Our NCFE CACHE Level 2 Certificate in Understanding Nutrition and Health provides an introduction to applying nutritional learning to practical cases. The course can help you build some of the core skills expected of a nutrition professional such as meal planning and food safety.
For slightly more progressed professionals looking to find their specialism, Child Nutrition Level 3 builds on existing knowledge and delves into the impact of food on growing bodies. If you’re keen to move your career to have more of a focus on child nutrition, this could be the perfect course.
Income varies greatly for qualified nutritionists, and depends a lot on your experience and whether you work for a business or are self-employed.
Entry-level nutritionists working for a private organisation should expect a full-time starting salary between £15,000 and £20,000. As your experience grows, you could see a healthy wage increase – with top nutritionists fetching a salary of around £55,000.
Of course, you also have the option to work for yourself, which could prove even more lucrative. Typically, nutritionists charge around £50 for an initial client consultation, followed by £30-£50 for each subsequent session. Multiply that by a growing client base, and you can earn a handsome salary as a freelance nutritionist, even in the early stages of your career.
That said, self-employed nutritionists will have a range of other costs to consider, including their own ongoing training. With different health trends and diet recommendations to contend with, continuous self-improvement is essential to stay at the top of your game and offer the very best advice to your clients.
Given that nutritionists are expected to inspire and encourage others to make healthy lifestyle changes, the profession does require a certain type of person. You’ll need to be positive, proactive and decisive, and willing to go the extra mile for people with all kinds of dietary and lifestyle requirements.
Here are a few of the skills, attributes and characteristics required for the role.
- Positive outlook towards health, wellbeing, diets and nutrition
- Proactive, can-do attitude
- Patient, empathetic and compassionate personality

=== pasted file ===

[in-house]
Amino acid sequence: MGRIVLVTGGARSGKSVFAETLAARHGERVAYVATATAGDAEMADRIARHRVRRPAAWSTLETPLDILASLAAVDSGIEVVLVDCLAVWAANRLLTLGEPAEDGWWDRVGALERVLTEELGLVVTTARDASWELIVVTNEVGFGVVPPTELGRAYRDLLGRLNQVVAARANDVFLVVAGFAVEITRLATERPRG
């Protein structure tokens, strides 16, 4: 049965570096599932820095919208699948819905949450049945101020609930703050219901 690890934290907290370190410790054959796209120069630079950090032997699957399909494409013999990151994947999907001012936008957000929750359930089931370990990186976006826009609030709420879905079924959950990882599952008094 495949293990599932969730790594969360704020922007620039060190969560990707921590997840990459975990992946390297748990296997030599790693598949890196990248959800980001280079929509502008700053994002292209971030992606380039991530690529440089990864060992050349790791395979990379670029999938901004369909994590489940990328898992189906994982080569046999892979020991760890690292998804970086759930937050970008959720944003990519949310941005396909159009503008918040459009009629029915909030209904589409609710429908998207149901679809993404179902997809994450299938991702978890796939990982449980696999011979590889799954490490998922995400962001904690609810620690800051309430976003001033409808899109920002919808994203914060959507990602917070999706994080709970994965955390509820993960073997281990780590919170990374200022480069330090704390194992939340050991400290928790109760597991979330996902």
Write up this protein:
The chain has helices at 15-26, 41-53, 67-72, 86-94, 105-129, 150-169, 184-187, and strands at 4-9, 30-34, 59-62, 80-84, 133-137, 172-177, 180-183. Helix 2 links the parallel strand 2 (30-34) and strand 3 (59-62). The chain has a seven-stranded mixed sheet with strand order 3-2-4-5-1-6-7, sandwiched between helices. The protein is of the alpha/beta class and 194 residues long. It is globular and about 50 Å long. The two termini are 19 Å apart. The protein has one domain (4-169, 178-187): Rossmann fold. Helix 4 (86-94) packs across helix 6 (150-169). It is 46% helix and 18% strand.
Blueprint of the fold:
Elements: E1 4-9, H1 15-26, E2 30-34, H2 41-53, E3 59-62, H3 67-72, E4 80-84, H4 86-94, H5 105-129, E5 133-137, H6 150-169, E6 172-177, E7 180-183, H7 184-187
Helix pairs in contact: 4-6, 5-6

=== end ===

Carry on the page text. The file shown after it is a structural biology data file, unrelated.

- Strong written and verbal communication skills
- Proactive approach to learning new skills, policies and practices
- Innate respect for diversity and equality
- Professional attitude
- Excellent organisational skills
If you’re interested in food, health and wellbeing, becoming a qualified nutritionist could be the perfect career for you. But what benefits can you expect from training to become a nutritionist? And what are the main benefits of the role?
- Job satisfaction – helping people realise their health goals is hugely rewarding. You’ll enjoy the rush of knowing that you’ve inspired people to make positive changes to their diet and lifestyle.
- Variety – working with people from all walks of life, each with their unique health goals, means no two days are ever the same.
- Skill-building – nutritionist isn’t a static position. Instead, you’ll need to continue building your skills and knowledge, with new techniques and dietary trends to be aware of.
- Flexible working hours – nutritionists generally work flexible hours, particularly those who are self-employed. That means you can find a great balance between work and home life, however large your client base grows.
- People and community – as you develop your career as a nutritionist, you could find yourself working with lots of different people, groups and organisations within your local community. Whether that’s going into schools to teach children about healthy food choices or working with dietary support groups, you’ll have plenty of opportunities to put your expertise to good use within the wider community.
Qualified nutritionists will find lots of opportunities to progress their careers, either through additional training or with the experience of working with different groups and organisations.
Initially, you may begin working on a part-time self-employed basis, offering nutritionist services alongside a more permanent job. The great thing about distance learning is that it gives you the flexibility to earn qualifications alongside regular work, so you can start building your client base while you’re still learning.
From there, you may work within an organisation or else go full-time self-employed. Whichever route you choose, there are lots of ways to continue to progress your career, and we’d certainly recommend getting registered with the Association for Nutrition to really build and grow your career.
We hope this guide on becoming a nutritionist helps you realise your aspirations for the future. At Oxbridge, we offer a huge range of distance learning courses that can help you become a qualified nutritionist. For more information and to explore our full programme of courses, visit the homepage or call our experienced course advisers today on 0161 630 3000.
How much does a nutritionist earn?